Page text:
A: As an institution of higher learning, it’s one of the most noted universities. As far as Catholicity, that aspect has to be dealt with in terms of both an internal perspective as well as an external perspective. I can tell you that having come from the communities in Chicago, Marquette is sought after as a place to go. Obviously Chicago has a number of Jesuit institutions, St. Ignatius, Loyola Academy, that literally draw a number of students. Now I bet even some of your classmates are Chicagoans or from the Chicago archdiocese. The Jesuits are noted for their commitment to academic excellence. Marquette shares in that tradition as a Jesuit institution. But when I said, you have to take a look at externally and internally at the Catholicity that means that, I don’t know Marquette well enough to see internally how it adheres to Catholic identity, and how they make that Catholic identity known, but that’s why I hesitate to give you an answer on a 1-10, because it would be an ignorant answer. I could tell you externally it’s obviously looked upon as a Catholic institution, and I know there have been difficulties in the past with some faculty members who’ve maintained positions that challenged that. It’s an external and an internal question that basically has to be answered. And I probably could answer that better for you in 3 years than I can today, because I’m basically coming here just giving you my sense of Marquette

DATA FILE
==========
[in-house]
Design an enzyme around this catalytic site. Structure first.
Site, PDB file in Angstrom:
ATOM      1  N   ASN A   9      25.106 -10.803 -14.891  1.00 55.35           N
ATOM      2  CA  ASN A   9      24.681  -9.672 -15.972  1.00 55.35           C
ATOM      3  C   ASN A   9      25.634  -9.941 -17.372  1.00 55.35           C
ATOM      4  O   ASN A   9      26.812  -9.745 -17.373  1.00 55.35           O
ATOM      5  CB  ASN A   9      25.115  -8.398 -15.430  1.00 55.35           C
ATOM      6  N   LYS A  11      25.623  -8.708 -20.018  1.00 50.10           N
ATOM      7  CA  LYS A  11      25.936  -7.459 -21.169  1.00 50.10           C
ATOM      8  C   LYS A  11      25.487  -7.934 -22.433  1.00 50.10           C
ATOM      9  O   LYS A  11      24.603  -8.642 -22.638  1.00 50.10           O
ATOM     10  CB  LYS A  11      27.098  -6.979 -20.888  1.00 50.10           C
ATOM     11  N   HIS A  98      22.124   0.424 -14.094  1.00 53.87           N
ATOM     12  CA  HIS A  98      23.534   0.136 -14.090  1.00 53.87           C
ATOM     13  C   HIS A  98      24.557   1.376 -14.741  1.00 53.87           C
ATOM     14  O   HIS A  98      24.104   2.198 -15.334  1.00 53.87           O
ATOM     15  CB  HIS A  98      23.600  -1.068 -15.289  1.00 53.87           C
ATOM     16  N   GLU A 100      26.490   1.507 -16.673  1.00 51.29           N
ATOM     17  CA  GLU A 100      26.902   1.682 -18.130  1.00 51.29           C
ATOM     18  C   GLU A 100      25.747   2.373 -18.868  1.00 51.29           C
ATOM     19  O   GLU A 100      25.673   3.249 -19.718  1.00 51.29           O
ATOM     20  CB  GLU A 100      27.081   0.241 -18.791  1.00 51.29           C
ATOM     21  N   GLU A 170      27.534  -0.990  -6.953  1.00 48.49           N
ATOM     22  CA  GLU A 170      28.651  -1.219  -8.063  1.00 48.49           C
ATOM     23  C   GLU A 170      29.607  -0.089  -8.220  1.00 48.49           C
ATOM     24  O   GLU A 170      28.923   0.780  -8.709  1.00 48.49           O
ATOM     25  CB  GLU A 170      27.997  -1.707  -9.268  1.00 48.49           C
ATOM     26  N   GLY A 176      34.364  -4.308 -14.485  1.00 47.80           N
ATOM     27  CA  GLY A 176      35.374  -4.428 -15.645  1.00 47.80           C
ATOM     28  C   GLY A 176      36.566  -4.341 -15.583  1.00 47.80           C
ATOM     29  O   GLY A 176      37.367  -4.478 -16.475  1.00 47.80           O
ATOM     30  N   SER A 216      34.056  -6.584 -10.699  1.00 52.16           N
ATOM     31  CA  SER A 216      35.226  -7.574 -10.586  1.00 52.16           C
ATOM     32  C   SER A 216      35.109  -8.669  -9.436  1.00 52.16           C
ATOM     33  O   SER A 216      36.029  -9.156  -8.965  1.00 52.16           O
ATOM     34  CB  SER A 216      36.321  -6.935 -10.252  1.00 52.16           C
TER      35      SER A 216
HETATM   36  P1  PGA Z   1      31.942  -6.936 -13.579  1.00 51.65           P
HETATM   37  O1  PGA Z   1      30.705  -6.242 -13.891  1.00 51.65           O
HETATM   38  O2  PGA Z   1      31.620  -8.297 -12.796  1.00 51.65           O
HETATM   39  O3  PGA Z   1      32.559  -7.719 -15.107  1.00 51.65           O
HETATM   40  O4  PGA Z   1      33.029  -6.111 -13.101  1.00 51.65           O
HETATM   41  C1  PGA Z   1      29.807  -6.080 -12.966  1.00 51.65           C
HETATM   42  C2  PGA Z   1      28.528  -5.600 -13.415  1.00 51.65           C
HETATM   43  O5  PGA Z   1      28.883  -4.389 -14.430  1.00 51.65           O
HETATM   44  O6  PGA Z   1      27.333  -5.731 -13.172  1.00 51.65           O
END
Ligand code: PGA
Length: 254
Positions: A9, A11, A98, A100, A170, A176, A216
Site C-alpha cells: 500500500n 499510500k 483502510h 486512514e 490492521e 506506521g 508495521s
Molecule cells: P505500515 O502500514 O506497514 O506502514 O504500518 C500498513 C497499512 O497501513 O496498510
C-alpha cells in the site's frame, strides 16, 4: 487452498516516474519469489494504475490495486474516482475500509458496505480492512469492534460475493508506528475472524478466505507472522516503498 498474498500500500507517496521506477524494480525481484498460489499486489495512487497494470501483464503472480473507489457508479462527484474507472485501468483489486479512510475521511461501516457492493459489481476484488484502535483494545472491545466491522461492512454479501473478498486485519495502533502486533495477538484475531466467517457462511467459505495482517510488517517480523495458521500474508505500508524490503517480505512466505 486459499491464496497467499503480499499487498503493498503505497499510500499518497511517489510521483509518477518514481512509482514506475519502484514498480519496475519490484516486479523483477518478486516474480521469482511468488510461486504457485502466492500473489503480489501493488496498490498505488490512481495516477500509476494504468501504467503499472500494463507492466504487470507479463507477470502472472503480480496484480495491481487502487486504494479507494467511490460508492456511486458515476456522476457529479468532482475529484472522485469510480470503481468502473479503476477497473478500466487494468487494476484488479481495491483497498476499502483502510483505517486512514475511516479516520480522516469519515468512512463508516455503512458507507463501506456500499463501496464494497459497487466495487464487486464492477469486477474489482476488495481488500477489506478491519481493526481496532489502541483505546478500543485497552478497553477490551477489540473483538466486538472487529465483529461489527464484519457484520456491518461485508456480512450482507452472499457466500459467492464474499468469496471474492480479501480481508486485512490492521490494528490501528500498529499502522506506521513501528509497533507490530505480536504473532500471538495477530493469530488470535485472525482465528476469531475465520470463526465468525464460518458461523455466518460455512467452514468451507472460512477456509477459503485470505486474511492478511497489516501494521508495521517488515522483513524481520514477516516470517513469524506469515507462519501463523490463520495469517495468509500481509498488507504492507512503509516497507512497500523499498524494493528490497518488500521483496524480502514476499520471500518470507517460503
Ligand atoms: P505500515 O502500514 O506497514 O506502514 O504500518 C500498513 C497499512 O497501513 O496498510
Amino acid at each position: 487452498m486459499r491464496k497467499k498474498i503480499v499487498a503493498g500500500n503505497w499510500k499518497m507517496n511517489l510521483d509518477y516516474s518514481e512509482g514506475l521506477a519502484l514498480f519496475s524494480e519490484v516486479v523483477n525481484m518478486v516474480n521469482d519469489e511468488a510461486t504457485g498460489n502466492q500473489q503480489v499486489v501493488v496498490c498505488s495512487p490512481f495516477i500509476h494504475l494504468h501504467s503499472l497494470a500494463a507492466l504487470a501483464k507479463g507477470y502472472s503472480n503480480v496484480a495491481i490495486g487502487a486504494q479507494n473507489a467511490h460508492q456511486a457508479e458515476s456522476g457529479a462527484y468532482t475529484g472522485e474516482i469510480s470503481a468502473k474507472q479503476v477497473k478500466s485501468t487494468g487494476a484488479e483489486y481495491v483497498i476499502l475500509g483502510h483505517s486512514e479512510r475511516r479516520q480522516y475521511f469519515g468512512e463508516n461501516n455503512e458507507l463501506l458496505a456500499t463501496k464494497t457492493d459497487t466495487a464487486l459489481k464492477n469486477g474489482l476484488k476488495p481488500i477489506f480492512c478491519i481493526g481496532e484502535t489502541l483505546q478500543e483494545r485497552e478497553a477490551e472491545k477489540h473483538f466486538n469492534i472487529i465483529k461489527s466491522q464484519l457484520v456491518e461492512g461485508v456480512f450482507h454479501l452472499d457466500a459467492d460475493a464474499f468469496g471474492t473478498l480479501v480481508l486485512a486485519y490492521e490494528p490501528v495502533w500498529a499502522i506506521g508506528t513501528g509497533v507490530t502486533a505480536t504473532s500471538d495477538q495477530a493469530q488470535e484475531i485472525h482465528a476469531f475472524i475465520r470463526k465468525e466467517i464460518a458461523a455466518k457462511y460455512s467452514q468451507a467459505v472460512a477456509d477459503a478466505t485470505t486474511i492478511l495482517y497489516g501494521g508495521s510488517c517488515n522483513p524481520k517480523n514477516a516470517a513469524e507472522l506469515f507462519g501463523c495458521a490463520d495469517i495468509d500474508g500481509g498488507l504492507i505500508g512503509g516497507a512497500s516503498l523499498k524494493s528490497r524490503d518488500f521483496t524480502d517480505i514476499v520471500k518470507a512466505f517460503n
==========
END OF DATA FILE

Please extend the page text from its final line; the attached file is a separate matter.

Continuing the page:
The Archbishop provided complete answers to each question we threw at him. He seems to be up front and honest with all his answers, merely hoping to impart the truth to his flock. Milwaukee could not have asked for a better Archbishop. Listecki seems poised to do great things for Milwaukee. His concern lies not with the passing things of this world but with the enduring things of the next, making his priority the faithful’s growth in holiness. We ask a lot from a new archbishop but trust that we’ll receive a great deal more than we expected. May God bless him in all his work.

by Adam Ryback
[email protected]